Michigan’s Economic Development Corporation Favors Perception, Bluster Over Real-World Needs

Published June 1, 2008

Since 1999 Michigan has operated its Economic Development Corporation (MEDC) and a variety of other expensive programs designed to create or keep jobs in the state. According to Gov. Jennifer Granholm’s (D) 2008 State of the State Address, more such programs are in the offing.

These efforts call to mind two popular tales–The Wizard of Oz and “The Emperor’s New Clothes”–because they represent a marriage of blustery theater and a deliberate disregard for reality.

MEDC officials and their apologists want us to believe these programs “create” jobs. The truth is that while MEDC was appropriated more than $1.6 billion in federal, state, and other dollars to facilitate its mission, Michigan between 1999 and 2006 shed 244,000 jobs, and the state’s unemployment rate is the highest in the nation, at 7.6 percent.

Scrutiny of MEDC job-creation claims may lead the public to wonder why the department even exists. Perhaps this is why legislators have tweaked language in the state budget guiding audits of MEDC job-creation claims.

Auditor Out

Prior to 2008, boilerplate budget language said MEDC “shall work with the office of the auditor general to implement procedures to annually audit the number of jobs claimed to be created by firms.” For some reason the text was changed for the current state budget and now says MEDC “may implement procedures to annually audit the number of jobs claimed to be created by firms.”

What had been mandated is now optional, and the reference to working with the auditor general was stripped away.

One has to question the wisdom of allowing MEDC to audit job creation it claims to have influenced. If they’re hiding the fact that these development programs fail to create net new jobs, it would not be the first time such claims did not square with reality.

In 1993 and 2003, Michigan’s state auditors criticized the state’s development agencies for their job-creation claims. For instance, in 2003 the auditor general reported recipients of MEDC job training grants were supposed to have created 635 jobs, but only 222 were verifiable.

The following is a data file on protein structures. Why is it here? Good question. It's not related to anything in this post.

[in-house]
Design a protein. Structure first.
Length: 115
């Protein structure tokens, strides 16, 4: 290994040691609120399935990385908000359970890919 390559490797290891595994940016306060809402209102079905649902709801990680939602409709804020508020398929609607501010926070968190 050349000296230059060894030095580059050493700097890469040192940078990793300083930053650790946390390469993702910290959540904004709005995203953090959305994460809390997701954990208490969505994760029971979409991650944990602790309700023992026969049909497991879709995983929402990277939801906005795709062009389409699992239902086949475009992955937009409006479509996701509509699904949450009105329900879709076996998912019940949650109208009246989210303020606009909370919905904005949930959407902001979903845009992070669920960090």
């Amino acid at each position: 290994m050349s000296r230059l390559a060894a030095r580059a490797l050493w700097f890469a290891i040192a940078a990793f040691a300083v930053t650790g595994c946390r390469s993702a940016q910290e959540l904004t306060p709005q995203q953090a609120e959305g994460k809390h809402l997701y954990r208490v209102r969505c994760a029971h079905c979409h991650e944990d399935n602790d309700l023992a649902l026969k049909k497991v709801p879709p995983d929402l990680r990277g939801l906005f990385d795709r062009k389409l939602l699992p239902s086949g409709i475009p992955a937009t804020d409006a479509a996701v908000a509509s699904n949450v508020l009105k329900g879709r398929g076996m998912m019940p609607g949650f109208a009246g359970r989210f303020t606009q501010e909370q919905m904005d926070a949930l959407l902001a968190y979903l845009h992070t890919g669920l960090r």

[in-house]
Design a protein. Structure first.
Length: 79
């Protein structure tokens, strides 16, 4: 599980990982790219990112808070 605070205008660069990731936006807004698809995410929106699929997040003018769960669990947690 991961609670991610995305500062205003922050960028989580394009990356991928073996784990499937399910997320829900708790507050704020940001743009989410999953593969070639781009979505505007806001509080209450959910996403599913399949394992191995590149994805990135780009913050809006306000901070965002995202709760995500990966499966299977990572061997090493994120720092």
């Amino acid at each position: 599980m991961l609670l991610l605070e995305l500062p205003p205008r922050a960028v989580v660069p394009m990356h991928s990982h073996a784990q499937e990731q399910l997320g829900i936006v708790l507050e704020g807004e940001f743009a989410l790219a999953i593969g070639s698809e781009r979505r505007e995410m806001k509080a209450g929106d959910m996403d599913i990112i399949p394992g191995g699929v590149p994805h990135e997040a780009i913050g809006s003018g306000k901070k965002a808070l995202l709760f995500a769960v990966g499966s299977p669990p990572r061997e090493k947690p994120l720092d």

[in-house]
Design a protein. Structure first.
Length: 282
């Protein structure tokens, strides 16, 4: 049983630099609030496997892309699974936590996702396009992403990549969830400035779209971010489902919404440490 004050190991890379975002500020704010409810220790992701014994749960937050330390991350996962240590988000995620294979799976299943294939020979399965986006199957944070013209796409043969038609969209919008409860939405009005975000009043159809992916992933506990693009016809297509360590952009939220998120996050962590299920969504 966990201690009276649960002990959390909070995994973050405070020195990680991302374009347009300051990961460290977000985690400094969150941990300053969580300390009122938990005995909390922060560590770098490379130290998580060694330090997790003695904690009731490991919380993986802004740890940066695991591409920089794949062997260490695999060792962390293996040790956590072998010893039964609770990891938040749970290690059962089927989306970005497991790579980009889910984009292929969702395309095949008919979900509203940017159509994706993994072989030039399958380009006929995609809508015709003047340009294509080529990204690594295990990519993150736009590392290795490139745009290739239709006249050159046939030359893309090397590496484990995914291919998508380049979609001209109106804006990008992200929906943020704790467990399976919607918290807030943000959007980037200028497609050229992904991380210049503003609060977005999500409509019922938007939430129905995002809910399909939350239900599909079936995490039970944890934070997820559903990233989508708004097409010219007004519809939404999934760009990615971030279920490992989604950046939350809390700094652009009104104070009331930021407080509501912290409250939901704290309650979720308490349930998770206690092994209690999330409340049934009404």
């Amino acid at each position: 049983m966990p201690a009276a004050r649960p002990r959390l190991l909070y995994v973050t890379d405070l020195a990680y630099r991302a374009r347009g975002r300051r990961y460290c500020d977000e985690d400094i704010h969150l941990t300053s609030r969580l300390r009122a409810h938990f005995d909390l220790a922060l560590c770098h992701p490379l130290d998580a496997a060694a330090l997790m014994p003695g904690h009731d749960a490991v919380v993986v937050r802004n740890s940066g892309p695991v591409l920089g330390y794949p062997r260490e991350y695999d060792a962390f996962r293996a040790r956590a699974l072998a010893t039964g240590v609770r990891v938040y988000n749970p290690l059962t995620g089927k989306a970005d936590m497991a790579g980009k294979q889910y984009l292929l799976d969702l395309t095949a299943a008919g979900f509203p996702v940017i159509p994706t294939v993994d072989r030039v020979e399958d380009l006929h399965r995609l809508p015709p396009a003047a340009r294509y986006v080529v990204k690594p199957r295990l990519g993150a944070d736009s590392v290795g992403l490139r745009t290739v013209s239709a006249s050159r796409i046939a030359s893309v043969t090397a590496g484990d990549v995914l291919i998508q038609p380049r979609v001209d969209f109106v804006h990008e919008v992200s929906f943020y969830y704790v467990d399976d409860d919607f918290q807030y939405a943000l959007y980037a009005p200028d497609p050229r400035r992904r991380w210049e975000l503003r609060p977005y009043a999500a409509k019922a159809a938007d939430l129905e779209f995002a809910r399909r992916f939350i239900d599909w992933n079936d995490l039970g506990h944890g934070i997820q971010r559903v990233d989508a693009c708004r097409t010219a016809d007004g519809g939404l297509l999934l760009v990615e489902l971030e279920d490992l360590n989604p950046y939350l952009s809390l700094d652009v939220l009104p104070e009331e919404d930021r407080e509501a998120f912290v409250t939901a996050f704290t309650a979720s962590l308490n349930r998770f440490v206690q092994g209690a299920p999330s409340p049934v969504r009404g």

In 2004, the Michigan Economic Growth Authority (MEGA) was claimed to have created more than 28,000 jobs. Finding those numbers suspect, I made repeated attempts to obtain an explanation from MEDC. Those requests were ignored or rebuffed until several state legislators practically compelled MEDC to explain itself. Once it did, it was clear the jobs numbers were practically pulled out of thin air.

This is not the only example of the agency trying to take credit for jobs that did not exist. The Hemlock Semiconductor Corp. in 2004 actually disavowed job-creation claims made by MEDC on a project for which it had received a MEGA deal.

Press Value Prized

In 2003, state Republican leaders argued in a press release and conference that they would “fight for every Michigan job,” in part by extending the MEGA program. The Mackinac Center public policy organization ultimately acquired the GOP’s internal strategy plan for the jobs fight.

It contained descriptions of the “political value” and “press value” of their ideas, but little about the economic value.

While such programs are little more than public relations opportunities whose actual impact must be hidden, they continue because politicians don’t care about job creation as much as they care about the perception of it. That is why it is so important for the political class to quash any reasonable accounting of job-creation claims.

The naked truth is that the public might realize lawmakers are not job-creating wizards capable of great feats, but are more like the tired old man trying to distract his audience with fire and smoke, desperately praying there are no “Totos” around to pull back the curtain.

Michael D. LaFaive ([email protected]) is director of the Morey Fiscal Policy Initiative at the Mackinac Center for Public Policy in Midland, Michigan.